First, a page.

I saw the writing on his arms when he finally took his coat off.  The teenage boy’s arm was covered in pink marker.  I saw the word “Hi” with a heart dotting the “i”.  There were smiley faces with hearts for eyes.  There was a phone number or two with hearts at the end of each number.


Girls had done that to my boy.

I promise that someday, I will be open minded enough to accept whatever wonderful girl the teenage boy chooses to bring home to his loving mother.

Today is not that day.

Today these girls cover him in ink. They flirt with their markers.  They take his coat when they are cold.  They paint their yoga pants on and wear low cut shirts.  They bend over forward and take a selfie.  They post it to Instagram.  They screech the teenage boy’s name in the hallway when they see him.   Hugging is not optional.  They eat parts of his lunch because they are “literally” starving to death. Their lives become complete when the red Starbucks Christmas cups arrive.  They fill them with coffee because last night they became part of #teamnosleep because they “literally” could not stop watching Pretty Little Liars.  They wear their Victoria’s Secret “Pink” sweats on days like this.   They can’t believe how ugly they look when they are “scrubbin’”.   They rest their head with its perfectly flat ironed hair on the teenage boy’s shoulder and pull out their sad puppy dog eyes.  Did he know that they will “literally” die if their parents don’t buy them the newest iPhone?  Today these girls are 14 years old. Today they drive me nuts.

Someday they won’t, however.  Someday they will learn how to flirt with their brains and not their markers. Someday they will post a selfie that isn’t R rated.  Someday they will remember their own coat and their own lunch.  They will realize that the coffee tastes the same no matter what color the cup is. They will go to sleep before midnight because they have goals they want to accomplish the next day. They will realize that even on their “scrubbin’” days they look awfully darn cute.  Someday they will realize their wavy hair is absolutely perfect just as it is. Someday they won’t need to communicate with puppy dog eyes.  Someday they will be well spoken, smart, thoughtful young women who buy their own iPhones.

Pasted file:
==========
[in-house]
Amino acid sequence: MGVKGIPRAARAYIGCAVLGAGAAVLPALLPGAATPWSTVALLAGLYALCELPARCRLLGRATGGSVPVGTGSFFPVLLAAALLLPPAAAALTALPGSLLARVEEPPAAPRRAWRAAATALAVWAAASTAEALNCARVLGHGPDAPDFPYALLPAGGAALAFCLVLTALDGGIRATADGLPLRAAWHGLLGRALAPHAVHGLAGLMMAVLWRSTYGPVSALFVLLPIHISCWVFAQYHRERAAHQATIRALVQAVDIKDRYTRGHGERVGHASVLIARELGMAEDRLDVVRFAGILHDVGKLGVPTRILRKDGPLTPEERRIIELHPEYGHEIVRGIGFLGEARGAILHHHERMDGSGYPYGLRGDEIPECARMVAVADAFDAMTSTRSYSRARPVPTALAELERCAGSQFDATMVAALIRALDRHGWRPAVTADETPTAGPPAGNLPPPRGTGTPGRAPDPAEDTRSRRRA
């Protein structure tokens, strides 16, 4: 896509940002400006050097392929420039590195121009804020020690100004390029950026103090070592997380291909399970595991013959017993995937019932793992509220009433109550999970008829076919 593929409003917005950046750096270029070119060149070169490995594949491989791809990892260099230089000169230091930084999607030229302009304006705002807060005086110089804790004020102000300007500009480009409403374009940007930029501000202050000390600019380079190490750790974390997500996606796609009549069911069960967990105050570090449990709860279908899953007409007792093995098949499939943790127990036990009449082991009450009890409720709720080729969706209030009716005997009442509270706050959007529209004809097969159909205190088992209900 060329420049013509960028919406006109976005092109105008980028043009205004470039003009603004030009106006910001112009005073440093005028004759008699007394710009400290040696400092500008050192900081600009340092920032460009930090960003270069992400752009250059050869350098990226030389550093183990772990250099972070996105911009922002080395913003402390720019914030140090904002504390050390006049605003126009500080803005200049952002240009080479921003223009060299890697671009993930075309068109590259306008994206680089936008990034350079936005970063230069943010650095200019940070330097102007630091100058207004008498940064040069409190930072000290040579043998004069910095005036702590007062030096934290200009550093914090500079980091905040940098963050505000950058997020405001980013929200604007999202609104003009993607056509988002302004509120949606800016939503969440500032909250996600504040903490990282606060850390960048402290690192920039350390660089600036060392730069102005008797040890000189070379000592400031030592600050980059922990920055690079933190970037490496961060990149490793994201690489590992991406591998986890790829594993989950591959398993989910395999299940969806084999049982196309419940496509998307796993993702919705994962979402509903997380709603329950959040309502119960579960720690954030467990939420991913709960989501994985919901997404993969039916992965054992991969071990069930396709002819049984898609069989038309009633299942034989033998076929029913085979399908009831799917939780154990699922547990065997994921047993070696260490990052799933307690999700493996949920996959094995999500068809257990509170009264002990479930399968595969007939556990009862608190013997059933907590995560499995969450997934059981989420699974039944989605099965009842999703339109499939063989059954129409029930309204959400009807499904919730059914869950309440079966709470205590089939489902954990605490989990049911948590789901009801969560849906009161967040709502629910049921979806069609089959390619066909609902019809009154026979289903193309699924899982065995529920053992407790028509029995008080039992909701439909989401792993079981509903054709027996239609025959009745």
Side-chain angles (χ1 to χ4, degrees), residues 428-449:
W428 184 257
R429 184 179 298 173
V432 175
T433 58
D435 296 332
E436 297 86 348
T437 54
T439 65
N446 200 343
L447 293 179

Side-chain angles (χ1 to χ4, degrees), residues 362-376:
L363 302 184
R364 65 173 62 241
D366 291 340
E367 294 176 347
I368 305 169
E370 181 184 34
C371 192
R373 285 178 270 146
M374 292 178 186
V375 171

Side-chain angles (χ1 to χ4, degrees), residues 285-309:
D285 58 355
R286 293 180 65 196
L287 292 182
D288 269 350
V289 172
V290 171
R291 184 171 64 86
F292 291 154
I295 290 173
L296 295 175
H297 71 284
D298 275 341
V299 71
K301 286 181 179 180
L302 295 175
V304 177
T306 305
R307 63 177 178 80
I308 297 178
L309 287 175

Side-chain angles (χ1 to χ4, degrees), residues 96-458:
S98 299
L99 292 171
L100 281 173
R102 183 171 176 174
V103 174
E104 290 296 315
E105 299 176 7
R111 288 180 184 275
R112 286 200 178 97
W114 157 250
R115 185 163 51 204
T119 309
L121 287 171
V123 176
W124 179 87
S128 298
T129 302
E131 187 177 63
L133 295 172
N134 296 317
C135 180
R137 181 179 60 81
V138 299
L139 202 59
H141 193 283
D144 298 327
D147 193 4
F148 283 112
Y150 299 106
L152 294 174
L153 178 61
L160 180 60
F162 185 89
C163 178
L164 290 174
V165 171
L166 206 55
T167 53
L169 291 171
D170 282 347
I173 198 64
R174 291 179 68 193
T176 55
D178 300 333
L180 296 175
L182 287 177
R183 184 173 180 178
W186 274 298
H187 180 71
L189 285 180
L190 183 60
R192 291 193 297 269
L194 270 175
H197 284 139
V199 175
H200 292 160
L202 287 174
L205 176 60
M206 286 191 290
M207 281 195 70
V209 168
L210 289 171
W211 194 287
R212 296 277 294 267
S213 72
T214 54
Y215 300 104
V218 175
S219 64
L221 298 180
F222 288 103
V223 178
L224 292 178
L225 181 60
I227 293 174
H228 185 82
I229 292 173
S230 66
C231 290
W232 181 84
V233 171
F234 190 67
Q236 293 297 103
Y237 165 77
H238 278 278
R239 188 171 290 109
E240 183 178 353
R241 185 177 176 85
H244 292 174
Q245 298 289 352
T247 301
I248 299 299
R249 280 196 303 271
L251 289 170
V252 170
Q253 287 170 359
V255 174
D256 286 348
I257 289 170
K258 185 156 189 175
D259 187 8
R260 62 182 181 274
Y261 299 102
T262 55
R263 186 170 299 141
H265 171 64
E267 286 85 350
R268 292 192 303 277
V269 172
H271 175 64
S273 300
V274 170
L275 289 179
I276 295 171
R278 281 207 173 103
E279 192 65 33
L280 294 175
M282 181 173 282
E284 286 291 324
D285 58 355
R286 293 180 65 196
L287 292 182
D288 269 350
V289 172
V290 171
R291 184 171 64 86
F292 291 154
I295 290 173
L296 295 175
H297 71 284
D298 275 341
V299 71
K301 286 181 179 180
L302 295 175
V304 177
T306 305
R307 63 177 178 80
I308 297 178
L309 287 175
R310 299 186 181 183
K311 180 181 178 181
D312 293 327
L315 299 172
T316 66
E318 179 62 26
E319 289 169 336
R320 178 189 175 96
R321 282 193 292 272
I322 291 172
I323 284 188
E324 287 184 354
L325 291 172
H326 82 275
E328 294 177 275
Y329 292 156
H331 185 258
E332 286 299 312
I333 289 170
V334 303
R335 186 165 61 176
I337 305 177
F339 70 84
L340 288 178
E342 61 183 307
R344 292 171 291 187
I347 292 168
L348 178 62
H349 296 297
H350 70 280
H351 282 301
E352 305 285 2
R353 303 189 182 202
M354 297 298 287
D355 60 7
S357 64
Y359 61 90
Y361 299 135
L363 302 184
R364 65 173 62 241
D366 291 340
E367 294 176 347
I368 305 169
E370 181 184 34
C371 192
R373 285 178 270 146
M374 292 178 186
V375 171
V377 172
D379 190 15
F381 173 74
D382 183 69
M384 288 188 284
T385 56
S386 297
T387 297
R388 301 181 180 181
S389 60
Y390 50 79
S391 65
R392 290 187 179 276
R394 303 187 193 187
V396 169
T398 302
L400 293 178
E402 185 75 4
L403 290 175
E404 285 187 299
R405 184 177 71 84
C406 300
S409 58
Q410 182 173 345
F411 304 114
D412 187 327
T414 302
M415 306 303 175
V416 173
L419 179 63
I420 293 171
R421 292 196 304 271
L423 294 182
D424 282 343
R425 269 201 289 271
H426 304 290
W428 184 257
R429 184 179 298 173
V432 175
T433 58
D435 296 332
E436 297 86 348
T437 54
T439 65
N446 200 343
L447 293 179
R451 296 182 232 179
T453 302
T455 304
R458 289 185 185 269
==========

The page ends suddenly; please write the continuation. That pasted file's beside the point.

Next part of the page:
Someday I will sit in the dining room at the oval oak table and the boy will tell me about a young woman. 

He will wonder why and he will not believe it and he will laugh out loud.

He will wonder how he ever got to be so lucky.

I will sit right next to him and hope that he never stops talking to me.

 Check This Out!

My friend from high school, Andrea, in addition to being one of the funniest people I know, is an awesome cook.   One of my favorite recipes of hers is also one of the simplest.

Throw some chicken thighs in a crock pot.  Pour in two cans of Herdez salsa 

and two bay leaves.  Cook it for quite some time on high or even longer on low. Andrea sometimes throws in a can of green chiles as well.  Use the meat for tacos or whatever else sounds good.

Last time I made this I only used 3 large chicken thighs, 1 can of salsa, a splash of water and forgot the bay leaves.  I cooked it on high for about 4 hours and then turned it to low for another hour and a half.   It was still awesome.